Joe Mauer, Justin Morneau and Other Minnesota Twins Tradeable
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As of June 17, at 25-39, the Minnesota Twins own the worst record in the American League and the fourth-worst record in all of baseball.
Prior to the series with the Philadelphia Phillies, the Twins had gone 9-3 in their last 12 games, but are now losers of five of their last six games.
Yes, the Twins play in baseball’s worst division.
The Chicago White Sox are captains of the AL Central at 35-30 (.538 winning percentage). The Detroit Tigers have been one of the biggest disappointments in all of baseball and the Cleveland Indians are inconsistent.
And the Kansas City Royals are still the Kansas City Royals.
But come the July 31 trade deadline, any and all of Minnesota’s roster should be open to the rest of baseball for the right price.
The Twins are bombarded with two very large contracts that aren’t producing on the field for what they are being paid. I am, of course, talking about Joe Mauer and Justin Morneau.
If Minnesota could find a way to move either of those contracts for young, talented prospects then the franchise should jump at the offer.
Morneau has shown signs of regaining the form that earned him the 2006 AL MVP award, but hasn’t gotten there yet. There are already trade rumors surrounding him and the chances of him getting dealt are real.
Mauer will be difficult to move with a large contract and I doubt the franchise would move him. He’s the hometown kid that Minnesota gave the then fourth-largest contract in MLB history to.
If the right deal came along should Minnesota trade Joe Mauer?
More realistically, teams will call about Josh Willingham, Matt Capps and Denard Span. All three players could instantly contribute to a contending team.
Minnesota fans wouldn’t miss Capps much, or at all, as they boo him every chance they get. But he’s quietly having a productive season (14 saves, 3.55 ERA, 1.03 WHIP and 15 strikeouts in 25 1/3 innings). Some contending team would love to acquire a player like that.
Willingham just signed with Minnesota this past offseason for $21 million over three years. He is far-and-away Minnesota’s best hitter this season (13 home runs, 45 RBI, .283 batting average, .394 on base percentage and .553 slugging percentage). He’s reasonably priced and should be a hot commodity come July 31.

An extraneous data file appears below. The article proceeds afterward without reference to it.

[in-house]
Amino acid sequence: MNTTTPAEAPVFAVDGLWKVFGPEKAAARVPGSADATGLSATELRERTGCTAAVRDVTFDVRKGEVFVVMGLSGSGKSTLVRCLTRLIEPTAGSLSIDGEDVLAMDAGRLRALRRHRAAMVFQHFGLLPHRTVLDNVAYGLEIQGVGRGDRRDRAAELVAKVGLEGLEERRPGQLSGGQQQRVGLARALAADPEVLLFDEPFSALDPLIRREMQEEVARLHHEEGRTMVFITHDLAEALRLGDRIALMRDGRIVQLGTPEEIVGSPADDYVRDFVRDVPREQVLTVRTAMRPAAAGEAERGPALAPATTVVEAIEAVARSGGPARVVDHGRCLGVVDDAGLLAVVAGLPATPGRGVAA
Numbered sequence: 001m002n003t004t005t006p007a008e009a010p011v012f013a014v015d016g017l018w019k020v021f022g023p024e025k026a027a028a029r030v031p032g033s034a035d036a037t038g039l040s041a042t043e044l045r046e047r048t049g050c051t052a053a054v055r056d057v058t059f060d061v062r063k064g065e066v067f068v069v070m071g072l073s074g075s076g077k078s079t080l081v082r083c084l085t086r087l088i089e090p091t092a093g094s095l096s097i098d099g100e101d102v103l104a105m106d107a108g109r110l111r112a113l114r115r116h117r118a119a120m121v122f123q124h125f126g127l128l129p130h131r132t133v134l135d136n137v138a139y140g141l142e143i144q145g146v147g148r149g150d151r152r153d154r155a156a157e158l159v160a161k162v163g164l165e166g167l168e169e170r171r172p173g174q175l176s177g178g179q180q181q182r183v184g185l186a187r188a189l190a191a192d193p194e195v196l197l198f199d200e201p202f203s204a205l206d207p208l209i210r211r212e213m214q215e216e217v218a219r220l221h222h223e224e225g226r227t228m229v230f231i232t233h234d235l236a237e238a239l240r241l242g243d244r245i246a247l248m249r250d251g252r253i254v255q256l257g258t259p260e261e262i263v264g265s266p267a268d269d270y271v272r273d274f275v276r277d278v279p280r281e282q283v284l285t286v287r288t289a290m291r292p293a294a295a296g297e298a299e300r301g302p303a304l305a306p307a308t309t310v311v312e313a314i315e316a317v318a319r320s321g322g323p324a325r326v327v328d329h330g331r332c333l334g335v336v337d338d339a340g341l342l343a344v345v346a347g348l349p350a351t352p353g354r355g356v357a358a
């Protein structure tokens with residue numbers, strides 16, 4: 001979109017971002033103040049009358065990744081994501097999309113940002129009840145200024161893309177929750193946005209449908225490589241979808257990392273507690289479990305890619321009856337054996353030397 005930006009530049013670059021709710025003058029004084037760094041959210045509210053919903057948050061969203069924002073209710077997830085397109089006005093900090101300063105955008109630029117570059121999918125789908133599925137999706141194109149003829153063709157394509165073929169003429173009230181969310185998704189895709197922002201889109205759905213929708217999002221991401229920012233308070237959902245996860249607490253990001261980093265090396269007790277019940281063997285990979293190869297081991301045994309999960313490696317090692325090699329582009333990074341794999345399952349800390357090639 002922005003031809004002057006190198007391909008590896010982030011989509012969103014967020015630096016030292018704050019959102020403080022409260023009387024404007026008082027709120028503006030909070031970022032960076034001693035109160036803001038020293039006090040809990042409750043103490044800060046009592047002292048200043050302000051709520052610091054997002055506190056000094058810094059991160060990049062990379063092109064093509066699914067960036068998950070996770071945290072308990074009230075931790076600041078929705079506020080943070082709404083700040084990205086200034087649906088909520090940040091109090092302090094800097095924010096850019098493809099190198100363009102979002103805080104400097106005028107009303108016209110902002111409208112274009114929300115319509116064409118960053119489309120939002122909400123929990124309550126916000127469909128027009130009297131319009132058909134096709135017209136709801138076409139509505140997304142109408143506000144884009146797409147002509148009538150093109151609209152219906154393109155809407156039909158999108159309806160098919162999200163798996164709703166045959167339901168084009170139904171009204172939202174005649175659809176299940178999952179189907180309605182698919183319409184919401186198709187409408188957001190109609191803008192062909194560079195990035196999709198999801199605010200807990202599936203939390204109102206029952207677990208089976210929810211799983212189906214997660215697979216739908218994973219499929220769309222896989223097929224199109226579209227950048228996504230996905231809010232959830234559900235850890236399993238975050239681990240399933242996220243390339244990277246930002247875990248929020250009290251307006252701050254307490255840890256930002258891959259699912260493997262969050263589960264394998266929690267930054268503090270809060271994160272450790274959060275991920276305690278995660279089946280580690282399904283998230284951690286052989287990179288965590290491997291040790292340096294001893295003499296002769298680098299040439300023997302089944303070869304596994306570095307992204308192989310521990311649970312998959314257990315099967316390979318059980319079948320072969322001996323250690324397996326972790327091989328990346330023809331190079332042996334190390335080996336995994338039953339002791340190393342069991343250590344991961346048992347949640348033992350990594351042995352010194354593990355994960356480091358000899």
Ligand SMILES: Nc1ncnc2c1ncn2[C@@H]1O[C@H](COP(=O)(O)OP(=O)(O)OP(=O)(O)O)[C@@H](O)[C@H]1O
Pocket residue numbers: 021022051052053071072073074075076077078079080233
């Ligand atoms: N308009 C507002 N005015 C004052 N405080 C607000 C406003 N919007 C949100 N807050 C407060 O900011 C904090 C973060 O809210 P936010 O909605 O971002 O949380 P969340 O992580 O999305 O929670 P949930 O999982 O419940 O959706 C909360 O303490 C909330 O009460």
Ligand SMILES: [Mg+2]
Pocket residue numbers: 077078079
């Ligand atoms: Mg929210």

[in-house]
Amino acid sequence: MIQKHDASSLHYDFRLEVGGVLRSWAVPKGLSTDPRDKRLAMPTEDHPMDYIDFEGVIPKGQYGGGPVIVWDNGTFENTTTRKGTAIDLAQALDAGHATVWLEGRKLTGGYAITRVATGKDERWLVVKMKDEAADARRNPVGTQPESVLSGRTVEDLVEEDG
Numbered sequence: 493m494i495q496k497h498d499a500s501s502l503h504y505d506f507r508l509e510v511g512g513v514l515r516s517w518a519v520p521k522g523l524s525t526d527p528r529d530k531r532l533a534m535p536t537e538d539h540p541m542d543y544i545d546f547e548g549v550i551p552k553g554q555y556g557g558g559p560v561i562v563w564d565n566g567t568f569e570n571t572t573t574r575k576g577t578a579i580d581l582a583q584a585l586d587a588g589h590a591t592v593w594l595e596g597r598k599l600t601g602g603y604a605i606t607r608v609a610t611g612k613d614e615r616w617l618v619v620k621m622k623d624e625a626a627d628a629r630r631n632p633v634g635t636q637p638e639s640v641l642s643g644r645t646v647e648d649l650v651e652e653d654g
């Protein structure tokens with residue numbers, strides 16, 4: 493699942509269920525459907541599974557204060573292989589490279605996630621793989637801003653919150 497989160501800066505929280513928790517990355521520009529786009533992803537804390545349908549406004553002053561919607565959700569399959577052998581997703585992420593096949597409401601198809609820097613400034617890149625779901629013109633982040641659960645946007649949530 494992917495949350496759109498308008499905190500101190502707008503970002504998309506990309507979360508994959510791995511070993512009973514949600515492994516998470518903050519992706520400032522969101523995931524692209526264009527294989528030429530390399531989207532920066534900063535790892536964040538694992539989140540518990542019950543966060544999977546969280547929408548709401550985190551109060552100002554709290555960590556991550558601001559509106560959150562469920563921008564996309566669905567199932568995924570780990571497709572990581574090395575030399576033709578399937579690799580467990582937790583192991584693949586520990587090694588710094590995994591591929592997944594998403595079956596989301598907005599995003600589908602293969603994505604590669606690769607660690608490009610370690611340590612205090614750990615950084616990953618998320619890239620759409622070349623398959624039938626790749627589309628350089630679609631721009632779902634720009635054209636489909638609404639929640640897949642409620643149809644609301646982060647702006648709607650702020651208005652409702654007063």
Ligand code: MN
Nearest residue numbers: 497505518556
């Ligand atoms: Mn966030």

Span trade rumors were everywhere last season, and the hottest rumor was Span to Washington for a reliever (depending on the source it was Tyler Clippard or Drew Storen). Span plays a good defensive center field and can still run. On the year he is hitting .280 with a .351 on base percentage, two home runs, 15 RBI and seven stolen bases in 10 tries.
Now, I’m not saying Minnesota should give away these and other valuable players.
What I’m saying is that this franchise needs a new direction. The farm system is depleted of any players that can significantly help in 2012 and maybe even 2013.
None of the team’s best-hitting prospects (Miguel Sano, Byron Buxton, Eddie Rosario and Oswaldo Arcia) will be ready until at least 2014.
The team’s best pitching prospects, 2009 first-round pick Kyle Gibson and 2010 first round-pick Alex Wimmer, are currently injured. (Gibson is recovering from Tommy John surgery and Wimmers has a tear in his elbow ligament.) Minnesota hopes Gibson can begin pitching in August. Meanwhile, Wimmers is a big question mark.
Beyond those two, there aren't any starting pitchers in the system expected to be significant contributors in the majors.
Minnesota's core players aren't going to develop into a winners. There are pieces that can be contributors on a winning team, but they may be past their prime when Minnesota is back to its winning ways (Span, Willingham and Capps all fit that description).
If Minnesota can acquire prospects who can have a significant impact in 2013 for veteran players who can help a contender in 2012, then the Twins should pull the trigger.
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